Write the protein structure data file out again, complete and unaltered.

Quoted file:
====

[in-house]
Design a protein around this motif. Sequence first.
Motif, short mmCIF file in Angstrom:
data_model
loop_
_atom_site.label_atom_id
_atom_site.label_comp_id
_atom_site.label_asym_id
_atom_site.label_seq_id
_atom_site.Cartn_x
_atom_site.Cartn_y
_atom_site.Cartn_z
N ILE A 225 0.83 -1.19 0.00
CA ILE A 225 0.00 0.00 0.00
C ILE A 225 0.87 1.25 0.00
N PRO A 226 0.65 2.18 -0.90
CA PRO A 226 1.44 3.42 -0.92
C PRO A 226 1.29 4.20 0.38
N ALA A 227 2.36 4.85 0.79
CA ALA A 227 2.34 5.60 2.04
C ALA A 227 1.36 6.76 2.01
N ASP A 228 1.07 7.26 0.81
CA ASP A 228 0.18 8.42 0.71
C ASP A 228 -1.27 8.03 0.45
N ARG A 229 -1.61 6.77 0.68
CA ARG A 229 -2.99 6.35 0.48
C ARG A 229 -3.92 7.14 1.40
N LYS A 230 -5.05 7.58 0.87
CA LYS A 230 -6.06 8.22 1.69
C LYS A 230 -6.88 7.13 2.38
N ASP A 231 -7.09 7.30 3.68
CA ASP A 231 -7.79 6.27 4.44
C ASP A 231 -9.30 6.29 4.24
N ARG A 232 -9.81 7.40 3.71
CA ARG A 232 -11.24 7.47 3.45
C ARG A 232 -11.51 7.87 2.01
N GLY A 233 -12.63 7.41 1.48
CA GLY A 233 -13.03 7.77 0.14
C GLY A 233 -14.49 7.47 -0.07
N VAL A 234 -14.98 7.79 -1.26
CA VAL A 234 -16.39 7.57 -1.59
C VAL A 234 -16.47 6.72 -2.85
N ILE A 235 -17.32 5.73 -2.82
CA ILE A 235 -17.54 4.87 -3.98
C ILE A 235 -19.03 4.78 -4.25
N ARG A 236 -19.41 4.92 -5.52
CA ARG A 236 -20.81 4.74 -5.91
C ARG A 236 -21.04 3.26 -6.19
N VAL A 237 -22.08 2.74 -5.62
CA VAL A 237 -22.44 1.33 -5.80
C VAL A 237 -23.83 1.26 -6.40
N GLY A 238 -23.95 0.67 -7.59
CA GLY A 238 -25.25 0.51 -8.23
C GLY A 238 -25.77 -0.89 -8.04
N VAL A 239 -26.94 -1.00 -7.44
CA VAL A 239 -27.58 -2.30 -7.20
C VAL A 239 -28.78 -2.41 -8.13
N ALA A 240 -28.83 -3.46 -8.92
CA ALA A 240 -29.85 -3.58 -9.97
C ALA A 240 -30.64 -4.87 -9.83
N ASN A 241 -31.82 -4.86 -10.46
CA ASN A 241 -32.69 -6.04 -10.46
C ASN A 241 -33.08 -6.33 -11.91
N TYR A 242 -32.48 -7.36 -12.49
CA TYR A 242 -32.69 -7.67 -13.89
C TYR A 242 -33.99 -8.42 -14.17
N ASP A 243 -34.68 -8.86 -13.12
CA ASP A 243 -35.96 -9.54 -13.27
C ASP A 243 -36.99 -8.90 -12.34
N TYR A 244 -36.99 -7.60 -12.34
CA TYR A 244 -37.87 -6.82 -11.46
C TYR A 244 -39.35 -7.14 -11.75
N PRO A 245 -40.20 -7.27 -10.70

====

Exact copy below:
[in-house]
Design a protein around this motif. Sequence first.
Motif, short mmCIF file in Angstrom:
data_model
loop_
_atom_site.label_atom_id
_atom_site.label_comp_id
_atom_site.label_asym_id
_atom_site.label_seq_id
_atom_site.Cartn_x
_atom_site.Cartn_y
_atom_site.Cartn_z
N ILE A 225 0.83 -1.19 0.00
CA ILE A 225 0.00 0.00 0.00
C ILE A 225 0.87 1.25 0.00
N PRO A 226 0.65 2.18 -0.90
CA PRO A 226 1.44 3.42 -0.92
C PRO A 226 1.29 4.20 0.38
N ALA A 227 2.36 4.85 0.79
CA ALA A 227 2.34 5.60 2.04
C ALA A 227 1.36 6.76 2.01
N ASP A 228 1.07 7.26 0.81
CA ASP A 228 0.18 8.42 0.71
C ASP A 228 -1.27 8.03 0.45
N ARG A 229 -1.61 6.77 0.68
CA ARG A 229 -2.99 6.35 0.48
C ARG A 229 -3.92 7.14 1.40
N LYS A 230 -5.05 7.58 0.87
CA LYS A 230 -6.06 8.22 1.69
C LYS A 230 -6.88 7.13 2.38
N ASP A 231 -7.09 7.30 3.68
CA ASP A 231 -7.79 6.27 4.44
C ASP A 231 -9.30 6.29 4.24
N ARG A 232 -9.81 7.40 3.71
CA ARG A 232 -11.24 7.47 3.45
C ARG A 232 -11.51 7.87 2.01
N GLY A 233 -12.63 7.41 1.48
CA GLY A 233 -13.03 7.77 0.14
C GLY A 233 -14.49 7.47 -0.07
N VAL A 234 -14.98 7.79 -1.26
CA VAL A 234 -16.39 7.57 -1.59
C VAL A 234 -16.47 6.72 -2.85
N ILE A 235 -17.32 5.73 -2.82
CA ILE A 235 -17.54 4.87 -3.98
C ILE A 235 -19.03 4.78 -4.25
N ARG A 236 -19.41 4.92 -5.52
CA ARG A 236 -20.81 4.74 -5.91
C ARG A 236 -21.04 3.26 -6.19
N VAL A 237 -22.08 2.74 -5.62
CA VAL A 237 -22.44 1.33 -5.80
C VAL A 237 -23.83 1.26 -6.40
N GLY A 238 -23.95 0.67 -7.59
CA GLY A 238 -25.25 0.51 -8.23
C GLY A 238 -25.77 -0.89 -8.04
N VAL A 239 -26.94 -1.00 -7.44
CA VAL A 239 -27.58 -2.30 -7.20
C VAL A 239 -28.78 -2.41 -8.13
N ALA A 240 -28.83 -3.46 -8.92
CA ALA A 240 -29.85 -3.58 -9.97
C ALA A 240 -30.64 -4.87 -9.83
N ASN A 241 -31.82 -4.86 -10.46
CA ASN A 241 -32.69 -6.04 -10.46
C ASN A 241 -33.08 -6.33 -11.91
N TYR A 242 -32.48 -7.36 -12.49
CA TYR A 242 -32.69 -7.67 -13.89
C TYR A 242 -33.99 -8.42 -14.17
N ASP A 243 -34.68 -8.86 -13.12
CA ASP A 243 -35.96 -9.54 -13.27
C ASP A 243 -36.99 -8.90 -12.34
N TYR A 244 -36.99 -7.60 -12.34
CA TYR A 244 -37.87 -6.82 -11.46
C TYR A 244 -39.35 -7.14 -11.75
N PRO A 245 -40.20 -7.27 -10.70